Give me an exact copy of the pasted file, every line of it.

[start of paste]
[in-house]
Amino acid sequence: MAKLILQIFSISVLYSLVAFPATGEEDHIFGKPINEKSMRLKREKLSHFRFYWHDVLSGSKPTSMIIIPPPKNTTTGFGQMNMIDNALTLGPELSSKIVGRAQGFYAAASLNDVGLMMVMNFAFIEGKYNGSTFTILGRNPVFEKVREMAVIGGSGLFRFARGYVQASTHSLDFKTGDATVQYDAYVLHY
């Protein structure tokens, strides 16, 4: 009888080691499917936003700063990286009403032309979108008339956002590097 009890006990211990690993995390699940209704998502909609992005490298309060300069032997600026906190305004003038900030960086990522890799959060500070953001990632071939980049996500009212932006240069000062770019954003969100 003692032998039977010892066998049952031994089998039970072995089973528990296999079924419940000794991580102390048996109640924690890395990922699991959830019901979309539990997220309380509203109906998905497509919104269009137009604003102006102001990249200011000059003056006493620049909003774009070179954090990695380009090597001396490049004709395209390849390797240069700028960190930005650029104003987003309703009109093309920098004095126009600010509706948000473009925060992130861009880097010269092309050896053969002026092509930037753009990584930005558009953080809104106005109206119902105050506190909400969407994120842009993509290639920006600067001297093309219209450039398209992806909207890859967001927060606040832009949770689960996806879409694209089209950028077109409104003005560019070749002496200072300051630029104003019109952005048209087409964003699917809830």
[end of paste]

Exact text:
[in-house]
Amino acid sequence: MAKLILQIFSISVLYSLVAFPATGEEDHIFGKPINEKSMRLKREKLSHFRFYWHDVLSGSKPTSMIIIPPPKNTTTGFGQMNMIDNALTLGPELSSKIVGRAQGFYAAASLNDVGLMMVMNFAFIEGKYNGSTFTILGRNPVFEKVREMAVIGGSGLFRFARGYVQASTHSLDFKTGDATVQYDAYVLHY
């Protein structure tokens, strides 16, 4: 009888080691499917936003700063990286009403032309979108008339956002590097 009890006990211990690993995390699940209704998502909609992005490298309060300069032997600026906190305004003038900030960086990522890799959060500070953001990632071939980049996500009212932006240069000062770019954003969100 003692032998039977010892066998049952031994089998039970072995089973528990296999079924419940000794991580102390048996109640924690890395990922699991959830019901979309539990997220309380509203109906998905497509919104269009137009604003102006102001990249200011000059003056006493620049909003774009070179954090990695380009090597001396490049004709395209390849390797240069700028960190930005650029104003987003309703009109093309920098004095126009600010509706948000473009925060992130861009880097010269092309050896053969002026092509930037753009990584930005558009953080809104106005109206119902105050506190909400969407994120842009993509290639920006600067001297093309219209450039398209992806909207890859967001927060606040832009949770689960996806879409694209089209950028077109409104003005560019070749002496200072300051630029104003019109952005048209087409964003699917809830």